MTH4510001 Introduction to Probability and Statistics
University of Rhode Island
Spring 2020
Instructor: Mark Comerford
Office: Lippitt Hall 102F
Tel: 874 5984
Email: mcomerford@math.uri.edu
Class Schedule: TuTh 12:301:45 pm,
Morrill Hall 323
Office hours: Mon, Wed 23pm or by appointment
Textbook:
I. Miller, M. Miller, John E. Freund's Mathematical Statistics
with Applications, Eighth Edition, Pearson Prentice Hall,
ISBN 9780321807090
Prerequisite:
MTH 243 (Multivariable Calculus) or equivalent.
Description:
MTH 451 is an introduction to the mathematical theory of probability using calculus.
Probability theory has a tremendous variety of applications in all the sciences, including
the social sciences, business and economics, and provides the mathematical foundation for statistics.
It uses a wide variety of mathematical techniques and concepts, especially elementary set theory,
combinatorics, and calculus. A main goal of this course is that you will be able to read
more advanced material on probability and its applications and go on
to courses in mathematical statistics and stochastic processes.
The class is designed for an audience with quite diverse interests, for example:
If you are an engineering, science, economics or business major, probability will be a basic part of your mathematical toolkit;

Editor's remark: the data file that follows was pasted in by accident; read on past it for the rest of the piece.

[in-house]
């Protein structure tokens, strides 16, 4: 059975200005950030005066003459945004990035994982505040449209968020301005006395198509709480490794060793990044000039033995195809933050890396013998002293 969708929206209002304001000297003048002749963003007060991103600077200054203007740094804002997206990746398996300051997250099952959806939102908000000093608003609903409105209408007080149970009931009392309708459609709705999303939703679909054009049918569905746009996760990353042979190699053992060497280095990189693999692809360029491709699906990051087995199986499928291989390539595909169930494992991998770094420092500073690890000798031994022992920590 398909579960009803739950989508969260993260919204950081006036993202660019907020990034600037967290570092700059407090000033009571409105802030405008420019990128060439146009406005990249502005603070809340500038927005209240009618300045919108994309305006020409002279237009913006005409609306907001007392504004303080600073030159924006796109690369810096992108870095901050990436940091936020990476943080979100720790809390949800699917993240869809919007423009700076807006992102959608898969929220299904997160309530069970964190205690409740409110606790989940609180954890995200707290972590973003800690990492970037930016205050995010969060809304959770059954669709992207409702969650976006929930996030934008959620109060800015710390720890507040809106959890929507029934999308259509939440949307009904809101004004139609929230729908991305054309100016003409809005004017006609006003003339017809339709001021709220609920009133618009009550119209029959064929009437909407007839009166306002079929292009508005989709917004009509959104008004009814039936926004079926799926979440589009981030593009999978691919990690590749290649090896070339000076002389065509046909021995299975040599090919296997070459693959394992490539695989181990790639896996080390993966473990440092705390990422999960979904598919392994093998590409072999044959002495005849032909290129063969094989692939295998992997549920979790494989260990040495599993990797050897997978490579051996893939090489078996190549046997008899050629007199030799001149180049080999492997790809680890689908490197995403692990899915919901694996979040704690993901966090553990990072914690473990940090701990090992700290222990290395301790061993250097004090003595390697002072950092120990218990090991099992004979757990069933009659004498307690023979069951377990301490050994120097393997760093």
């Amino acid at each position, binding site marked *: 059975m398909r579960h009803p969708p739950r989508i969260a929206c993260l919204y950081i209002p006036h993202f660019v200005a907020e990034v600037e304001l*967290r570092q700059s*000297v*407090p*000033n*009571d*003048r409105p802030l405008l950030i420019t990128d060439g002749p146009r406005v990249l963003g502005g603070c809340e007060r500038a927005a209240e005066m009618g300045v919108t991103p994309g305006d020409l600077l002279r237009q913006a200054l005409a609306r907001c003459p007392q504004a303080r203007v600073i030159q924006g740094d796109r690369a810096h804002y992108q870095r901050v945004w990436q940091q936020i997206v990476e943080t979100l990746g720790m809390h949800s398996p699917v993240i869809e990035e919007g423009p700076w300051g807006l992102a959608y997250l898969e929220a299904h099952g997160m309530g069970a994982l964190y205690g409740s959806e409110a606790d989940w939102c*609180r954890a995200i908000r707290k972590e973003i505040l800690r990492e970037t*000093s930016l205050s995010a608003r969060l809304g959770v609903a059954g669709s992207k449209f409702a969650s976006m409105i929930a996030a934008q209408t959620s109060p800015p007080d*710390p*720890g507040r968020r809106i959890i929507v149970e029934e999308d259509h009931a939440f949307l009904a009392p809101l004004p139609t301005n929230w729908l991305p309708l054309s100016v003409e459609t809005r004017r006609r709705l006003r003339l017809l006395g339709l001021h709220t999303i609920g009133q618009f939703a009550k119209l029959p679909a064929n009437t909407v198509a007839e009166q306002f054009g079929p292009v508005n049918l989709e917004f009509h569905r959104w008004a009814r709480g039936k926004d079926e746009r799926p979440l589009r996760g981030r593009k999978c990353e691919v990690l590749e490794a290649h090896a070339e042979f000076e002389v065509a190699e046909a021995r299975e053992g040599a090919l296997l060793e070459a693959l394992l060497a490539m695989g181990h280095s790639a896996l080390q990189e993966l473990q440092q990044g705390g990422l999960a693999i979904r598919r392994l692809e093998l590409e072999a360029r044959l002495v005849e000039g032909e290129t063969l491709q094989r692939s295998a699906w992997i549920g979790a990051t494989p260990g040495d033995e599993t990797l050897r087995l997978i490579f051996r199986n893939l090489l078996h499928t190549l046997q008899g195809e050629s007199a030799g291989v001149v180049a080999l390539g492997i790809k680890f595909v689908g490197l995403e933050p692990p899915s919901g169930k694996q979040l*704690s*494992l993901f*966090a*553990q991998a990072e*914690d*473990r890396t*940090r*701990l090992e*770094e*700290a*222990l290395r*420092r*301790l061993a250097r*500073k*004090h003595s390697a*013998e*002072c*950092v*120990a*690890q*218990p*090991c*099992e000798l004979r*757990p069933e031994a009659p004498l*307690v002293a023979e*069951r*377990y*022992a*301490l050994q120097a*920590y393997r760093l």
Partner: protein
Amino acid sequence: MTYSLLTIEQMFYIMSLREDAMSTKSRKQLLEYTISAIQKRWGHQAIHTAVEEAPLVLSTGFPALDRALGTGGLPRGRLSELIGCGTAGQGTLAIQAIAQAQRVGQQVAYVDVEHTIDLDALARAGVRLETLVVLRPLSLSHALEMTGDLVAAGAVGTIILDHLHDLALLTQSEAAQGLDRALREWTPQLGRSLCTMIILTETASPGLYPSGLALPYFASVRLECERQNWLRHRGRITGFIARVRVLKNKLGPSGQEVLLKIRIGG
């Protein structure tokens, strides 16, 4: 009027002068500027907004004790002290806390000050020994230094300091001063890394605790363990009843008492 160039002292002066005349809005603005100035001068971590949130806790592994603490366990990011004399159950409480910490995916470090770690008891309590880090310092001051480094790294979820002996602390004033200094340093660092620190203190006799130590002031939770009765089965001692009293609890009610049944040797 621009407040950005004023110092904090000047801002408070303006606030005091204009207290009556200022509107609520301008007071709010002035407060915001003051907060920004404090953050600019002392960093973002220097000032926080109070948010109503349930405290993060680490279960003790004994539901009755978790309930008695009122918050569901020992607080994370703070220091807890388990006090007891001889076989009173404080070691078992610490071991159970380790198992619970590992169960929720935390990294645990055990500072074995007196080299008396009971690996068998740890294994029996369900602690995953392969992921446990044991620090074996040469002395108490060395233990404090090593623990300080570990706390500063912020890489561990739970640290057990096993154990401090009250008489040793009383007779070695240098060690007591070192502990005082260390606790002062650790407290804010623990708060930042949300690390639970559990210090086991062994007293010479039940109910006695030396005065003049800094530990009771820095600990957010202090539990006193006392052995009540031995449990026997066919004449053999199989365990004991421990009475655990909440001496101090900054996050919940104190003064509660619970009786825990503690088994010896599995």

If you are a secondary math education major, you will most likely need to take the Praxis content exam, which contains material on discrete mathematics and probability for which this course is great preparation;
If you are interested in taking the actuarial exams, this course is absolutely fundamental. We will discuss problems similar to problems on the actuarial exams during the course. For information about careers in actuarial science see careers in actuarial science;
actuarial exams.
Finally, probability theory is a fundamental discipline in mathematics itself and well as the foundation for all of statistics. It can be entertaining, enlightening and sometimes surprising.
Syllabus and Homework Problems: Clicking on the section in the table below will bring up the scanned notes for that section.
Reading 
Problems 
Chapter 1  Combinatorics 
7th Ed. 1.1, 1.2, 1.5, 1.6, 1.8, 1.14, 1.25, 1.26, 1.27
8th Ed. 1.1, 1.2, 1.5, 1.6, 1.8, 1.14, 1.24, 1.26, 1,27 
2.1 Introduction 

2.2 Sample Spaces 

2.3 Events 
7th Ed. 2.2, 2.3, 2.4
8th Ed. 2.2, 2.4, 2.3 
2.4 The Probability of an Event 

2.5 Some Rules of Probability 
7th Ed. 2.5, 2.8, 2.9, 2.11, 2.12, 2.14, 2.15
8th Ed. 2.5, 2.8, 2.9, 2.11, 2.12, 2.14, 2.15 
2.6 Conditional Probability 

2.7 Indpendence 
7th Ed. 2.17, 2.18, 2.19, 2.22, 2.102
8th Ed. 2.17, 2.18, 2.19, 2.22, 2.102 
2.8 Bayes' Theorem 
7th Ed. 2.106, 2.109, 2.111
8th Ed. 2.106, 2.110, 2.111 
3.1 Discrete Random Variables 

3.2 Probability Distributions for Discrete Random Variables 
7th Ed. 3.1, 3.2, 3.3, 3.8, 3.11, 3.13, 3.15
8th Ed. 3.1, 3.2, 3.3, 3.8, 3.12, 3.13, 3.15 
3.3 Continuous Random Variables 

3.4 Probability Distributions for Continuous Random Variables 
7th Ed. 3.18, 3.19, 3.22, 3.23, 3.32, 3.33, 3.41
8th Ed. 3.19, 3.18, 3.22, 3.23, 3.32, 3.33, 3.41 
3.5 I Multivariate Distributions 
7th Ed. 3.42, 3.43, 3.44, 3.45, 3.46, 3.47
8th Ed. 3.42, 3.43, 3.44, 3.45, 3.46, 3.47 
3.5 II Multivariate Densities 
7th Ed. 3.49, 3.51, 3.52, 3.54, 3.65
8th Ed. 3.49, 3.51, 3.52, 3.54, 3.65 
3.6 Marginal Distributions